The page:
Build the Unity Project to UWP Solution

    2. With the MR_Azure_Application_Insights folder selected, click Select Folder. The project will take a minute or so to build.

  4. Following Build, File Explorer will appear showing you the location of your new project.

Chapter 13 - Deploy MR_Azure_Application_Insights app to your machine

To deploy the MR_Azure_Application_Insights app on your Local Machine:

  1. Open the solution file of your MR_Azure_Application_Insights app in Visual Studio.

  2. In the Solution Platform, select x86, Local Machine.

  3. In the Solution Configuration select Debug.

    Build the Unity Project to UWP Solution

  4. Go to Build menu and click on Deploy Solution to sideload the application to your machine.

  5. Your app should now appear in the list of installed apps, ready to be launched.

  6. Launch the mixed reality application.

  7. Move around the scene, approaching objects and looking at them, when the Azure Insight Service has collected enough event data, it will set the object that has been approached the most to green.

Important

While the average waiting time for the Events and Metrics to be collected by the Service takes around 15 min, in some occasions it might take up to 1 hour.

Chapter 14 - The Application Insights Service portal

Once you have roamed around the scene and gazed at several objects you can see the data collected in the Application Insights Service portal.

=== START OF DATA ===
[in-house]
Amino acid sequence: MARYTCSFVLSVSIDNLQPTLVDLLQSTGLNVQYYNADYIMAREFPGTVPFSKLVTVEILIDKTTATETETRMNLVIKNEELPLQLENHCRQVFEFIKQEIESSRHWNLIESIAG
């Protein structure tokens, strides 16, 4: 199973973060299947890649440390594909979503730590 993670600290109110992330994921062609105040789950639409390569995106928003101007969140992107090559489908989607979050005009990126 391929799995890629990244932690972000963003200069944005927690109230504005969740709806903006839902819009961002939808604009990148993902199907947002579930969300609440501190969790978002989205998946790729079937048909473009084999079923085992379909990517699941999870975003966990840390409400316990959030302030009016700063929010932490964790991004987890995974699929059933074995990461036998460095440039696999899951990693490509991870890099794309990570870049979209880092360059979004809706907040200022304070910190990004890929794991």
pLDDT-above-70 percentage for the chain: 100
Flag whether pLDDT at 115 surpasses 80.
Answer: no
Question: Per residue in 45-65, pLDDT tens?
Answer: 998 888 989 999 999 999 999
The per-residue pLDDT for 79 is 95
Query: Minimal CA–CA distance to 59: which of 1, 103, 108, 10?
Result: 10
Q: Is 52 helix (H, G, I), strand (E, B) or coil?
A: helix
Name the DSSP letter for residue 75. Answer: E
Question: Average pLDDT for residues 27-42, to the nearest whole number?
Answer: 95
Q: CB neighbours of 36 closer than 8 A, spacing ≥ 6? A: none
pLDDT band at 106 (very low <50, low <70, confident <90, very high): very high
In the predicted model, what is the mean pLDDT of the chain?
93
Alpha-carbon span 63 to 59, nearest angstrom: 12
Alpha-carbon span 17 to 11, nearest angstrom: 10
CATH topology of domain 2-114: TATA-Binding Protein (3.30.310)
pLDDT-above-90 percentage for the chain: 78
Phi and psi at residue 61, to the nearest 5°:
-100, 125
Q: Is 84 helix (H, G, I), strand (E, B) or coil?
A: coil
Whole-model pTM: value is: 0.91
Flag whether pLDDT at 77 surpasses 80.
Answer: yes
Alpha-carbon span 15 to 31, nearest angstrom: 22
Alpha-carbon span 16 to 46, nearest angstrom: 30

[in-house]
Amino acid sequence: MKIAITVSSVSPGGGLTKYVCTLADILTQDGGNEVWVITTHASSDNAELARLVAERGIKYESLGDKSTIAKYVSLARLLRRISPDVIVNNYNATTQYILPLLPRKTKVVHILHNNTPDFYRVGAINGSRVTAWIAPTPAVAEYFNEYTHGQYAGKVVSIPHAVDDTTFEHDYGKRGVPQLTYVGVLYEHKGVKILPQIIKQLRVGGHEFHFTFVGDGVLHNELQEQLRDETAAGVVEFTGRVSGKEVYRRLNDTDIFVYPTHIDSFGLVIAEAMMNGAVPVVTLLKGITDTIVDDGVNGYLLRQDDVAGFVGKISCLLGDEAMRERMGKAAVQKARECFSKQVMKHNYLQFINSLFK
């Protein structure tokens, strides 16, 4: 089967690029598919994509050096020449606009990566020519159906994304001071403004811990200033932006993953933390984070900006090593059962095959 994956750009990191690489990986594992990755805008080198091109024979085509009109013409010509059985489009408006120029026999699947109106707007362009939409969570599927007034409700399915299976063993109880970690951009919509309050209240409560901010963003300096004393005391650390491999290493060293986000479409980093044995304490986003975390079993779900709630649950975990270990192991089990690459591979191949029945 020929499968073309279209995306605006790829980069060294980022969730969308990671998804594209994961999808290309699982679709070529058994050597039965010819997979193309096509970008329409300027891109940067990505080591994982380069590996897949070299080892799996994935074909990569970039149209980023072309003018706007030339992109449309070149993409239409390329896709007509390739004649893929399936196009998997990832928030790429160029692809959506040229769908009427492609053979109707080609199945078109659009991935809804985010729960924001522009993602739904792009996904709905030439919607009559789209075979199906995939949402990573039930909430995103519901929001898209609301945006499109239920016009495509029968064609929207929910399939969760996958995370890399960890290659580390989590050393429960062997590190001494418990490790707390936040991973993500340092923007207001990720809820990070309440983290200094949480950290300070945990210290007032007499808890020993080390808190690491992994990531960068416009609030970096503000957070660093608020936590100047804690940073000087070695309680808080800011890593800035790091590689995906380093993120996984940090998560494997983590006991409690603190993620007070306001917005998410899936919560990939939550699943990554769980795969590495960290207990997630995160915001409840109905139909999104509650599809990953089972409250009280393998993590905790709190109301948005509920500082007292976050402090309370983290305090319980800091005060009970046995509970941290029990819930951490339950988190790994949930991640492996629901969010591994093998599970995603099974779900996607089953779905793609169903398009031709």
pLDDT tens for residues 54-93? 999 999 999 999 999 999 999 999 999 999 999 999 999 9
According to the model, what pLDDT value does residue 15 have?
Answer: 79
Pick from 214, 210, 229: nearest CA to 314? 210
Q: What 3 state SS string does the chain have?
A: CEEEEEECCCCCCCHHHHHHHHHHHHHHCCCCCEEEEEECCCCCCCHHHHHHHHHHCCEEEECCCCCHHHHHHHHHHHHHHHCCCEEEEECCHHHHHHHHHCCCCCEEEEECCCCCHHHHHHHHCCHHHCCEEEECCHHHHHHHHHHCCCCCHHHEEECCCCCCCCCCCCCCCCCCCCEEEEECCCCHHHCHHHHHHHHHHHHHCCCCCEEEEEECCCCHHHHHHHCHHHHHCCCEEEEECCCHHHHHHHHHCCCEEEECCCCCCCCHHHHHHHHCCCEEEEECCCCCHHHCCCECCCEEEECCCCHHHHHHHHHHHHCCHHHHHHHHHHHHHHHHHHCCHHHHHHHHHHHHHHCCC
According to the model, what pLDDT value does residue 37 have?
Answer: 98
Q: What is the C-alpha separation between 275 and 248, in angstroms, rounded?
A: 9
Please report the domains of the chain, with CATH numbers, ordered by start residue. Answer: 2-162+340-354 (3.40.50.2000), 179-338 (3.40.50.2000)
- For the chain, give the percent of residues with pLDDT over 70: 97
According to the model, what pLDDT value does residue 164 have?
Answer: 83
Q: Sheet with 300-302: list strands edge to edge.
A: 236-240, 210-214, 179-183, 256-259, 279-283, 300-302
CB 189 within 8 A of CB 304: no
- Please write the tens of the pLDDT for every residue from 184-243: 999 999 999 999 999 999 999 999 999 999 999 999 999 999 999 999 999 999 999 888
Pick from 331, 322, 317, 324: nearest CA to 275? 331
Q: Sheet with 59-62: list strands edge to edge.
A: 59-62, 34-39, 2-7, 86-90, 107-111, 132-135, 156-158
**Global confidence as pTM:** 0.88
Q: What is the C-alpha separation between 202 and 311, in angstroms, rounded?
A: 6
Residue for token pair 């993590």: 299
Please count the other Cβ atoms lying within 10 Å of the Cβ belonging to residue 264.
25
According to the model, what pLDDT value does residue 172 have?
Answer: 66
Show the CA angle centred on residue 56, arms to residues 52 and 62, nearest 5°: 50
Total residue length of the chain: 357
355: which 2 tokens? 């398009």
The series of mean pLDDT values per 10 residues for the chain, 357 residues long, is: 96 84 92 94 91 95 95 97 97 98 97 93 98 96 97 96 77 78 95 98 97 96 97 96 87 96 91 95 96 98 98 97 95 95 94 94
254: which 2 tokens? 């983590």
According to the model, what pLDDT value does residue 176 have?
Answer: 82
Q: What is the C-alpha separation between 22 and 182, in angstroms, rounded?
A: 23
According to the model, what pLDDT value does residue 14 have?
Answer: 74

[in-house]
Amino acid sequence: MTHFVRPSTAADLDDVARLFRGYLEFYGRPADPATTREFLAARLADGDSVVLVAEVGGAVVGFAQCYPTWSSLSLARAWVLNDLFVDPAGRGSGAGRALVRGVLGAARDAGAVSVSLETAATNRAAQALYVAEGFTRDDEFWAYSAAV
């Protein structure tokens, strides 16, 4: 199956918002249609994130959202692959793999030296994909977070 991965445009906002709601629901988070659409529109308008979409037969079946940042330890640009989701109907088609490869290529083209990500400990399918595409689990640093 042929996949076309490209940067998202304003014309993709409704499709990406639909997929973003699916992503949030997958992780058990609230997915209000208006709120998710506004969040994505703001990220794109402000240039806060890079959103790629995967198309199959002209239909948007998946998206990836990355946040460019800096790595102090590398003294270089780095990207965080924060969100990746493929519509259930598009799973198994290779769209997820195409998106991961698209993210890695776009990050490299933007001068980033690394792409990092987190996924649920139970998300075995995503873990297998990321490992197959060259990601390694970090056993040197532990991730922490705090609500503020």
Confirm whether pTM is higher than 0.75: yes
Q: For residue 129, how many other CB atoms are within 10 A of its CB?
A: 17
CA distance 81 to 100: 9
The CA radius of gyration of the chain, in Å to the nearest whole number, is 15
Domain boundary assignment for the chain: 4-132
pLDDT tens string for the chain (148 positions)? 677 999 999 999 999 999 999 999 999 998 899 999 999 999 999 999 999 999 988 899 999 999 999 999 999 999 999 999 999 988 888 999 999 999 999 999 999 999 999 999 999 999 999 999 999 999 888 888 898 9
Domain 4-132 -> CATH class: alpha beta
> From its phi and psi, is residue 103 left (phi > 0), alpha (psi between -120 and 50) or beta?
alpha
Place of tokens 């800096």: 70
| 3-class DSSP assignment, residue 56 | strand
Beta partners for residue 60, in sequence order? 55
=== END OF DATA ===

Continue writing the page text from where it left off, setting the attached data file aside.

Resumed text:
1. Go back to your Application Insights Service portal.

  2. Click on Metrics Explorer.

    Looking at collected data

  3. It will open in a tab containing the graph which represent the Events and Metrics related to your application. As mentioned above, it might take some time (up to 1 hour) for the data to be displayed in the graph

    Looking at collected data

  4. Click on the Events bar in the Total of Events by Application Version, to see a detailed breakdown of the events with their names.

    Looking at collected data

Your finished your Application Insights Service application

Congratulations, you built a mixed reality app that leverages the Application Insights Service to monitor user's activity within your app.

course outcome

Bonus Exercises

Exercise 1

Try spawning, rather than manually creating, the ObjectInScene objects and set their coordinates on the plane within your scripts. In this way, you could ask Azure what the most popular object was (either from gaze or proximity results) and spawn an extra one of those objects.

Exercise 2

Sort your Application Insights results by time, so that you get the most relevant data, and implement that time sensitive data in your application.